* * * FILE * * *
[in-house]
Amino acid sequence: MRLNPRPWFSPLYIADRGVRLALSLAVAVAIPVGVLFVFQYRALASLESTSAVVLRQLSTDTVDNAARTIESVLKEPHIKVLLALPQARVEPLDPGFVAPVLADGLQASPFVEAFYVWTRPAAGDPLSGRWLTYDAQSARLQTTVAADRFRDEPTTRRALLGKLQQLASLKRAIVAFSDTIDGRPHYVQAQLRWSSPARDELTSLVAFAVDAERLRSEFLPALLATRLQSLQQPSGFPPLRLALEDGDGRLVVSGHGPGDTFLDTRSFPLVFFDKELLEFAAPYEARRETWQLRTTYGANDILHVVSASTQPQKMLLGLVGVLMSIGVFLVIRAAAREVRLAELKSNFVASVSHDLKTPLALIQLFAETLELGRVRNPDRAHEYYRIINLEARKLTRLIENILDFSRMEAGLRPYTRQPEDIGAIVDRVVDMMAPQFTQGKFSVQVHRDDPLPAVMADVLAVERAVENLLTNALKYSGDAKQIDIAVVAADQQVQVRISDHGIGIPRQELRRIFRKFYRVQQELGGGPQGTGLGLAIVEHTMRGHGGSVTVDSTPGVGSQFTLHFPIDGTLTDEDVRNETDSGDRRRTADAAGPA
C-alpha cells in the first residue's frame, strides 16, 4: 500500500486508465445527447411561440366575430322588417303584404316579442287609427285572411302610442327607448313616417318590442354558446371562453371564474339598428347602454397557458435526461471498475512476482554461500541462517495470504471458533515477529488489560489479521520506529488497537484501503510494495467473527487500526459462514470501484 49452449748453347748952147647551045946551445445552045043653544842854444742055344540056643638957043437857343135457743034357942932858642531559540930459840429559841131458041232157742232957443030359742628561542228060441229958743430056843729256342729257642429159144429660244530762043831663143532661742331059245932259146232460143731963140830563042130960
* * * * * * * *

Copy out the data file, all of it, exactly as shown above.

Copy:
[in-house]
Amino acid sequence: MRLNPRPWFSPLYIADRGVRLALSLAVAVAIPVGVLFVFQYRALASLESTSAVVLRQLSTDTVDNAARTIESVLKEPHIKVLLALPQARVEPLDPGFVAPVLADGLQASPFVEAFYVWTRPAAGDPLSGRWLTYDAQSARLQTTVAADRFRDEPTTRRALLGKLQQLASLKRAIVAFSDTIDGRPHYVQAQLRWSSPARDELTSLVAFAVDAERLRSEFLPALLATRLQSLQQPSGFPPLRLALEDGDGRLVVSGHGPGDTFLDTRSFPLVFFDKELLEFAAPYEARRETWQLRTTYGANDILHVVSASTQPQKMLLGLVGVLMSIGVFLVIRAAAREVRLAELKSNFVASVSHDLKTPLALIQLFAETLELGRVRNPDRAHEYYRIINLEARKLTRLIENILDFSRMEAGLRPYTRQPEDIGAIVDRVVDMMAPQFTQGKFSVQVHRDDPLPAVMADVLAVERAVENLLTNALKYSGDAKQIDIAVVAADQQVQVRISDHGIGIPRQELRRIFRKFYRVQQELGGGPQGTGLGLAIVEHTMRGHGGSVTVDSTPGVGSQFTLHFPIDGTLTDEDVRNETDSGDRRRTADAAGPA
C-alpha cells in the first residue's frame, strides 16, 4: 500500500486508465445527447411561440366575430322588417303584404316579442287609427285572411302610442327607448313616417318590442354558446371562453371564474339598428347602454397557458435526461471498475512476482554461500541462517495470504471458533515477529488489560489479521520506529488497537484501503510494495467473527487500526459462514470501484 49452449748453347748952147647551045946551445445552045043653544842854444742055344540056643638957043437857343135457743034357942932858642531559540930459840429559841131458041232157742232957443030359742628561542228060441229958743430056843729256342729257642429159144429660244530762043831663143532661742331059245932259146232460143731963140830563042130960